parameters:
          service-name: myuaa​
  8. Upload the modified mtad.yaml file to the Package Deployer page by clicking on the Upload button next to the mtad.yaml file and selecting the file that you have just modified.
    • For your reference, you can find the complete mtad.yaml file of this example at the end of this blog post.
  9. Click on Download to download the Launchpad package and save the file with the extension .mtar on your local computer.

The .mtar file bundles both the Launchpad that we have defined (apps, catalogs, groups, …) and the additional configuration. Thus, it contains all required information to deploy our Launchpad site to Cloud Foundry, which we will do in the next section.

Deploy the Launchpad to Cloud Foundry

We have now completely configured the Fiori Launchpad and have a deployable .mtar file, so it’s time to deploy the site to our Cloud Foundry account. In the following, we explain how to deploy using the Cloud Platform Cockpit. Please note that there is also a command line tool available to deploy the so-called Multi Target Application (MTA). We explain the usage of the command line tool in the appendix of this blog post.

For the following, you only need the SAP Cloud Platform Cockpit web page.

  • Please make sure that you have at least 384 MB of free memory quota in your space – if you have previously done step 7, you may need to stop the approuter application at least during the deployment. The Fiori Launchpad will provide similar functionality as the approuter*. To stop an application, navigate to the Cloud Foundry space and click on the stop icon (a square within a circle) next to the application.
    • * In our setup we do not use a separate approuter for our application for the sake of simplicity. Placing an approuter between Launchpad and application components can still be beneficial to hide the inner mechanics of the application.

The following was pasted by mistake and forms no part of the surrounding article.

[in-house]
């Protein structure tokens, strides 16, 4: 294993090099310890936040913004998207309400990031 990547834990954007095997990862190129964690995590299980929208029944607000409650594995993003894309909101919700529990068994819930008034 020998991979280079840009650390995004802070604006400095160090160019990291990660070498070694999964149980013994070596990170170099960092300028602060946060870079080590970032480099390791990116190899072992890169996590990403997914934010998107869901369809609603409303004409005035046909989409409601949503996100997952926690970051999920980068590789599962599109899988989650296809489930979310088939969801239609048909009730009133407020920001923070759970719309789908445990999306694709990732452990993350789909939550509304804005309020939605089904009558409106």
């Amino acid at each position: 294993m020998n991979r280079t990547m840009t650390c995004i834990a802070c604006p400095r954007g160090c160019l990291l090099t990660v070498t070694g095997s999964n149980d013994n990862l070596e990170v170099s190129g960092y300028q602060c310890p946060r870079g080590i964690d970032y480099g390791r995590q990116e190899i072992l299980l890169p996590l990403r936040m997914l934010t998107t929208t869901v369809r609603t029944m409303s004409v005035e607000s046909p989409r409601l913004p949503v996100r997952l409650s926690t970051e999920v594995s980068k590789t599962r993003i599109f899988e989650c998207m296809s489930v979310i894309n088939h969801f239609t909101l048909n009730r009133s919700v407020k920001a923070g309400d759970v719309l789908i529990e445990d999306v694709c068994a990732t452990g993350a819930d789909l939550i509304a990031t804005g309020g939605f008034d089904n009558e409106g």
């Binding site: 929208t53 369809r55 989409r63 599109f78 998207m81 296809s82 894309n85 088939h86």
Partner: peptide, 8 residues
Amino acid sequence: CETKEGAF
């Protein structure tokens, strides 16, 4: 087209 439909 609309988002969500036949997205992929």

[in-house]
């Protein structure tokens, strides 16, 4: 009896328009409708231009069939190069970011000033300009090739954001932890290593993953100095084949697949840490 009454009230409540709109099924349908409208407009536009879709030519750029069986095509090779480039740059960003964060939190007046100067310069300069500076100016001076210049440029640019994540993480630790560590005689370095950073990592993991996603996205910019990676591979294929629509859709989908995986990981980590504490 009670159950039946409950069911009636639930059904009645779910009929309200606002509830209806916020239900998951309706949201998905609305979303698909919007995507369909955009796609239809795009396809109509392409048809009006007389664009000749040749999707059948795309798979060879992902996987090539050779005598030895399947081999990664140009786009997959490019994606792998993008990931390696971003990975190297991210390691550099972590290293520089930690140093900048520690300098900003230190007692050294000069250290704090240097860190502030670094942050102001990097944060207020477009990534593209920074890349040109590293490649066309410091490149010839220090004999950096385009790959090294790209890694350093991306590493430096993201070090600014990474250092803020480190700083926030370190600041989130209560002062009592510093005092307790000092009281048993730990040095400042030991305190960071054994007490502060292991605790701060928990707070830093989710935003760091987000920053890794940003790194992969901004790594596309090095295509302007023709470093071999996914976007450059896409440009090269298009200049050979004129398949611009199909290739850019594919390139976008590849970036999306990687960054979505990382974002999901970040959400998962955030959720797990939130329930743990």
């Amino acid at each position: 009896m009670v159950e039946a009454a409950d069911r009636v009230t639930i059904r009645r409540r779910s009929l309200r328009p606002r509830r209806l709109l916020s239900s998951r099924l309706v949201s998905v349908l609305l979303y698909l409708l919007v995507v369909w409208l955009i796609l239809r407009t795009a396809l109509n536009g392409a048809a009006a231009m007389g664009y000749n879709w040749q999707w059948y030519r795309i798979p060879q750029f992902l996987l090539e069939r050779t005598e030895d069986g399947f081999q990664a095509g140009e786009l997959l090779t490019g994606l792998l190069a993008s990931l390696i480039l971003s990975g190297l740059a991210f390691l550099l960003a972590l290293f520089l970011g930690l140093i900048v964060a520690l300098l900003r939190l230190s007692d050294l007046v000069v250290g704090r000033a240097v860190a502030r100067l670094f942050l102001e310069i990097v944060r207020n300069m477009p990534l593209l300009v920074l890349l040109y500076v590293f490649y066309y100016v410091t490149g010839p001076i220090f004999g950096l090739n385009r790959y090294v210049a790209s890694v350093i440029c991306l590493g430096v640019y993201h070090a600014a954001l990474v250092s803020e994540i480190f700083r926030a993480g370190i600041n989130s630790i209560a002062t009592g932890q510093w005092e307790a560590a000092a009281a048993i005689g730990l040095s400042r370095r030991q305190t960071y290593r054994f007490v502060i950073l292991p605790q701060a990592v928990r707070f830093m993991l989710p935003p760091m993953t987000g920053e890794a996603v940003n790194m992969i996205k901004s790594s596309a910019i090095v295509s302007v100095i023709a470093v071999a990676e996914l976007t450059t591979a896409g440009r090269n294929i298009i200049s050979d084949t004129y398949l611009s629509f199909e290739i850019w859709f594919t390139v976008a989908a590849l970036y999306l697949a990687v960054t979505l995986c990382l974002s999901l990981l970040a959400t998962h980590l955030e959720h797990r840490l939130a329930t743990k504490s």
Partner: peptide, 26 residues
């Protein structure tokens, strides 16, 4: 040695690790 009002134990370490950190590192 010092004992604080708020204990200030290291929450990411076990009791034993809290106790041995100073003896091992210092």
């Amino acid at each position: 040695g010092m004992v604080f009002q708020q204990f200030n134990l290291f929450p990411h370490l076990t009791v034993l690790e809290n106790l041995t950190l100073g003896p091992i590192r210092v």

1. Go to your Portal page in your Cloud Foundry space, where we initially created the representation for our Launchpad site in Cloud Foundry during the section “Prepare the Fiori Launchpad site on Cloud Foundry”.
  2. Click on the deploy icon (an upward pointing arrow sign) of the flp-tutorial tile we created in the second section of this tutorial.
  3. The dialog Deploy Portal Site appears with a field called Portal Site (*.mtar). Next to it, click on Browse… and select the .mtar file on your local file system that you have downloaded in the previous section.
  4. In the dialog, click OK.
  5. The deployment will take some time. Wait for the deployment to finish.
    • If you run into trouble while deploying, carefully check the setup described in the previous sections. Ahead of a new deployment, you need to delete the two applications created during the deployment (site-content-<flpID> and site-entry-<flpId>) and the two service instances (site-client-<flpID> and site-host<flpID>). To do so, navigate to the list of applications in your Cloud Foundry space and click on the delete icon (a trash bin sign). Do the same on the Service Instances overview page.
  6. Afterwards, we need to create a route to our Launchpad site that matches the TENANT_HOST_PATTERN configured above in the mtad.yaml file. Run the following command on your command line, replace <flpID> as explained above and <accountSubdomain> with the subdomain of the account that hosts the application (typically, something like p1234567890trial with your user name).
    cf map-route site-entry-<flpID> cfapps.eu10.hana.ondemand.com -n <accountSubdomain>-flp-tutorial​